Facebook-owned social media platform Instagram has expanded its ban on graphic self-harm and suicide-related imagery to include cartoons and memes.
Facebook-owned image sharing website Instagram has expanded its ban on suicide and self-harm related content to include cartoon and meme imagery, TechCrunch reports. Instagram head Adam Mosseri explained the decision in a company blog post stating:
This past month, we further expanded our policies to prohibit more types of self-harm and suicide content. We will no longer allow fictional depictions of self-harm or suicide on Instagram, such as drawings or memes or content from films or comics that use graphic imagery. We will also remove other imagery that may not show self-harm or suicide, but does include associated materials or methods.
Mosseri met with the UK’s health secretary earlier this year to discuss how Instagram deals with self-harm content. Instagram has faced pressure in the UK to make changes following a public outcry after a 14-year-old schoolgirl committed suicide after viewing suicide content on Instagram. Facebook announced that it would be prohibiting self-harm related images such as those that depict cutting, and would be restricting access to photos and videos of healed scars by not recommending it in searches.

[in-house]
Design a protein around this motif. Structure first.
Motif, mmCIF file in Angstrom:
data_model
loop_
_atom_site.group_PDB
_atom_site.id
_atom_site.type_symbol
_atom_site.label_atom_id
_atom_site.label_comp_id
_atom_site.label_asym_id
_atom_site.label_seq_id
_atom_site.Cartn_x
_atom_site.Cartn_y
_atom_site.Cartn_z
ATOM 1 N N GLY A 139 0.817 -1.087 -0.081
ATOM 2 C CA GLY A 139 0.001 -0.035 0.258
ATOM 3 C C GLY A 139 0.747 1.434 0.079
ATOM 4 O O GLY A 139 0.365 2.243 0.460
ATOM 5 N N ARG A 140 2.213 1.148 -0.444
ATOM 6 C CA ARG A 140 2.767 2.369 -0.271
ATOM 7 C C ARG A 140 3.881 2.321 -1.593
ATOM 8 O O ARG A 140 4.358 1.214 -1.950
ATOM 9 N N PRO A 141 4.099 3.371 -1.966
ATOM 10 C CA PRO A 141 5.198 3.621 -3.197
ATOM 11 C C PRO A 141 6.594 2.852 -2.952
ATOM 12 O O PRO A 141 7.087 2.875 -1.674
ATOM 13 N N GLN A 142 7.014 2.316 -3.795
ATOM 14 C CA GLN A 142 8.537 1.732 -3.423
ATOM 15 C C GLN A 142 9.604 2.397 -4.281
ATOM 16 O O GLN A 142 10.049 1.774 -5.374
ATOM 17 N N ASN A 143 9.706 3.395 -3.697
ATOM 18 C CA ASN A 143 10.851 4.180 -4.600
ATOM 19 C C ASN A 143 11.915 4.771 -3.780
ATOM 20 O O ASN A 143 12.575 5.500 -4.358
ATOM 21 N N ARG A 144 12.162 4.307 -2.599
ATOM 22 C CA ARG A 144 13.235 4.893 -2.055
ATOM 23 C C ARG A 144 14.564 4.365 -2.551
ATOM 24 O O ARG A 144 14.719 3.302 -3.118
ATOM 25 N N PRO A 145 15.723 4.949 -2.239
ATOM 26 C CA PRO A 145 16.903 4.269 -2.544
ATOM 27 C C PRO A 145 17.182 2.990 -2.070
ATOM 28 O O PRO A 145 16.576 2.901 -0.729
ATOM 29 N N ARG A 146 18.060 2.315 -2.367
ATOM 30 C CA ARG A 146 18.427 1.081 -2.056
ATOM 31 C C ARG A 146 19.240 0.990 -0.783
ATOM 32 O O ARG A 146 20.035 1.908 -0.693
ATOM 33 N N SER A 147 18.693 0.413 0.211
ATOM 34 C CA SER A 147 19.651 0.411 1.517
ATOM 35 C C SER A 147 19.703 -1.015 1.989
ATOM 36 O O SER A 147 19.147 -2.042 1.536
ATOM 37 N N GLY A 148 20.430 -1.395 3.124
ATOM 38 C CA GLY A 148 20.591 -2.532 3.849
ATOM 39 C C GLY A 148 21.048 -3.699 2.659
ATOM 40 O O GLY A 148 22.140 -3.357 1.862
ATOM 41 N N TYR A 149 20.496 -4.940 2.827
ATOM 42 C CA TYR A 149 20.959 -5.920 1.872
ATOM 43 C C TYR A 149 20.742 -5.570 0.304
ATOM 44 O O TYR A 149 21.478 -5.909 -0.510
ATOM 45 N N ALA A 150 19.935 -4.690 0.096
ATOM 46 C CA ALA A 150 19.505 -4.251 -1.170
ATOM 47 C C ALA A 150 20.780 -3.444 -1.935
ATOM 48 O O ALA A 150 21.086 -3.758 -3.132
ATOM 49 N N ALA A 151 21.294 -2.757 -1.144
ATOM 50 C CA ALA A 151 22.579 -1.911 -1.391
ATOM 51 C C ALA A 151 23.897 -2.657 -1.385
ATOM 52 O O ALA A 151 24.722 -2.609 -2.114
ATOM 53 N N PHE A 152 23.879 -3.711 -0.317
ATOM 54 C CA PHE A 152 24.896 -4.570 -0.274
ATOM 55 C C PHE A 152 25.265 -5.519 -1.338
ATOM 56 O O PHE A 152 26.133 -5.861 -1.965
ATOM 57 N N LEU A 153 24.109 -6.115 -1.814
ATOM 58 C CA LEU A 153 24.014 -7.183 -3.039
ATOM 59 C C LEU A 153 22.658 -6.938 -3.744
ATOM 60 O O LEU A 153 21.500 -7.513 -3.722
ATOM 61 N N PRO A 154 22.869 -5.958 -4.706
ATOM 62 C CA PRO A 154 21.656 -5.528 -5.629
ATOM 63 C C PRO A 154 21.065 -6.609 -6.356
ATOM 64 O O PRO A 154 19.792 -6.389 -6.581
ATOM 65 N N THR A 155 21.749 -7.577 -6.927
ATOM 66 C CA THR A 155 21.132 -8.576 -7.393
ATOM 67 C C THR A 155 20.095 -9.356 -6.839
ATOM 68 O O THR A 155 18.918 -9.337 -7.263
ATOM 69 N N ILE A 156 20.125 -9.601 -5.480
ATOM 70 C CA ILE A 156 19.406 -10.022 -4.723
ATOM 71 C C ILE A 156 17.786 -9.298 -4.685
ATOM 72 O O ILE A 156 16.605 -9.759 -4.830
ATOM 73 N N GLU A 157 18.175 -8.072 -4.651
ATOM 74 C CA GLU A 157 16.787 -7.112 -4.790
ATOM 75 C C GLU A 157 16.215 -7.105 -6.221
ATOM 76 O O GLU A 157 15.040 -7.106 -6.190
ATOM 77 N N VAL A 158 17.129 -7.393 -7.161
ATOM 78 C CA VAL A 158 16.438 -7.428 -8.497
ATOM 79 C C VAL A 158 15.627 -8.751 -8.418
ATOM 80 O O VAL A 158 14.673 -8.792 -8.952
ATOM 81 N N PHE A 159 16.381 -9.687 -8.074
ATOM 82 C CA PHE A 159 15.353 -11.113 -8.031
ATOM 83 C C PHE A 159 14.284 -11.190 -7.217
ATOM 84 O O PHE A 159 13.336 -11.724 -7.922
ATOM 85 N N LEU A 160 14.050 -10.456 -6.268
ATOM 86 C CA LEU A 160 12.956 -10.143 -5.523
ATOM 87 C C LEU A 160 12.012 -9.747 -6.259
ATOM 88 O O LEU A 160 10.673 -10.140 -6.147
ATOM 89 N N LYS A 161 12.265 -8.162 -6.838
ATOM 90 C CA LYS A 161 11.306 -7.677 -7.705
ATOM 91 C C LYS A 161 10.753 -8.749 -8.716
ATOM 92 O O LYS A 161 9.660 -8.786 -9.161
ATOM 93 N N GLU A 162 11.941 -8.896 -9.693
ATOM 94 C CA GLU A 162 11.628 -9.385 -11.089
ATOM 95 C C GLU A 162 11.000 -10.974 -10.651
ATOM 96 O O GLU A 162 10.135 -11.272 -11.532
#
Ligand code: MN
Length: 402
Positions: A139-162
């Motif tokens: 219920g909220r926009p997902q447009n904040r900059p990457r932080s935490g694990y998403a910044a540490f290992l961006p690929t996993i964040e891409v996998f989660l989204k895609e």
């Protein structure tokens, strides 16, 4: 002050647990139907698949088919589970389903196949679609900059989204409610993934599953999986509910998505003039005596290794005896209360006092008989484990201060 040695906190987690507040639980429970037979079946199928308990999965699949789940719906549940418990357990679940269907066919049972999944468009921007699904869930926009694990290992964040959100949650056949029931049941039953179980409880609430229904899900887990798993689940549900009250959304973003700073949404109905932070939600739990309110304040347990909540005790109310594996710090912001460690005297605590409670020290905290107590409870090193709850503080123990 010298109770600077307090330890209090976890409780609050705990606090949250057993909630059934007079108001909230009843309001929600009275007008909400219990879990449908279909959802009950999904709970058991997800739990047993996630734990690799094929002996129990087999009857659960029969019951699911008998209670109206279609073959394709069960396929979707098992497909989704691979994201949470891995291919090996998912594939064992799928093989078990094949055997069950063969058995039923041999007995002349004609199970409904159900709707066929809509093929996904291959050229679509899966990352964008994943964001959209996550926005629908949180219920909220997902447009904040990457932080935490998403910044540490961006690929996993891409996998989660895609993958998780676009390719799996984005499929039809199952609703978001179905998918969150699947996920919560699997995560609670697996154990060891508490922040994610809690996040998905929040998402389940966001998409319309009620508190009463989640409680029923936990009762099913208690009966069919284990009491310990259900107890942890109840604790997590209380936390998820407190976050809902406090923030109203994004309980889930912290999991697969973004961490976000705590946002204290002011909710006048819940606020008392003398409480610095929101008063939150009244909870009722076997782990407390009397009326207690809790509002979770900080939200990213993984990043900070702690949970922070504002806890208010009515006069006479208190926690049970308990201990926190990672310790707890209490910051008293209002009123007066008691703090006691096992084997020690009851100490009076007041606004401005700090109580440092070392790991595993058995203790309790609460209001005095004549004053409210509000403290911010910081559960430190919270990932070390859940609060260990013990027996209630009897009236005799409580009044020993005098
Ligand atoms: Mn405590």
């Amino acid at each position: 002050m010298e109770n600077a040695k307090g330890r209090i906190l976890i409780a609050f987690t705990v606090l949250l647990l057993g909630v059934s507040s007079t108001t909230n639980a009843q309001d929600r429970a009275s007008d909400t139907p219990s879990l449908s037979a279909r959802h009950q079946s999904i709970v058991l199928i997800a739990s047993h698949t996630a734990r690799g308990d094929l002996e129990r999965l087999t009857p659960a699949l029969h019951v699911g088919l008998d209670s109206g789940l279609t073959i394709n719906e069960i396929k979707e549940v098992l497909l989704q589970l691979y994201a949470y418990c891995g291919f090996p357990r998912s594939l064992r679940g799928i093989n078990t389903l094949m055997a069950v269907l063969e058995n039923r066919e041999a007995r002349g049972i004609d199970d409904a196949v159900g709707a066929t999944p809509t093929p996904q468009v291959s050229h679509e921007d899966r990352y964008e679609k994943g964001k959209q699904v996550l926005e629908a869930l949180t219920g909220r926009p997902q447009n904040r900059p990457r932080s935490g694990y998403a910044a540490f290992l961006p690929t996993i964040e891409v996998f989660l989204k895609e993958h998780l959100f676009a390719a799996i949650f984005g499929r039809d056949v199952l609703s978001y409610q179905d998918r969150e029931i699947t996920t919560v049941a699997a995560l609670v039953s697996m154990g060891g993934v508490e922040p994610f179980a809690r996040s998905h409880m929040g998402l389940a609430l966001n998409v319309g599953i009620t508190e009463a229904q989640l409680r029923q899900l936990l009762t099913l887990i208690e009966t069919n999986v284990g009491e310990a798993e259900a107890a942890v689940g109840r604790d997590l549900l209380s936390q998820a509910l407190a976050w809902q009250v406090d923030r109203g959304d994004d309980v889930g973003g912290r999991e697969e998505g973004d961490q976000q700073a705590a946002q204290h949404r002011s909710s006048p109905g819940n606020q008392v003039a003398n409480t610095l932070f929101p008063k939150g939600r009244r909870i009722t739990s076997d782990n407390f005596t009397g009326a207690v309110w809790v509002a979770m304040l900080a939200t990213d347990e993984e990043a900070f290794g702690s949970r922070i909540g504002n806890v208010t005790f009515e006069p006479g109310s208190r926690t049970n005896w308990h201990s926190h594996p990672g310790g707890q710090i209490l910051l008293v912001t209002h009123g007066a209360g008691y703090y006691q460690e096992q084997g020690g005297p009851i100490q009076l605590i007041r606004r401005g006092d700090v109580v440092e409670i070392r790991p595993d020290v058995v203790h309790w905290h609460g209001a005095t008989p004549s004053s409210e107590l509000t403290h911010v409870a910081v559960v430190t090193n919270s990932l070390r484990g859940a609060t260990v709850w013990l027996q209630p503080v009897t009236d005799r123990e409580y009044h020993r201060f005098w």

Instagram stated that it has doubled the amount of self-harm related content that it has acted on following the policy change with Mosseri stating that in the three months following the ban on graphic images of cutting it has “removed, reduced the visibility of, or added sensitivity screens to more than 834,000 pieces of content.”
Mosseri told BBC News: “It will take time to fully implement. It’s not going to be the last step we take.” Mosseri stated in the blog post that the new policy is “based on expert advice from academics and mental health organizations like the Samaritans in the UK and National Suicide Prevention Line in the US”, saying: “We aim to strike the difficult balance between allowing people to share their mental health experiences while also protecting others from being exposed to potentially harmful content.”
He added: “Accounts sharing this type of content will also not be recommended in search or in our discovery surfaces, like Explore. And we’ll send more people more resources with localized helplines like the Samaritans and PAPYRUS in the UK or the National Suicide Prevention Lifeline and The Trevor Project in the United States.”
Mosseri stated that the issues are complex and “no single company or set of policies and practices alone can solve.” Mosseri adds: “But getting our approach right requires more than a single change to our policies or a one-time update to our technology. Our work here is never done. Our policies and technology have to evolve as new trends emerge and behaviors change.”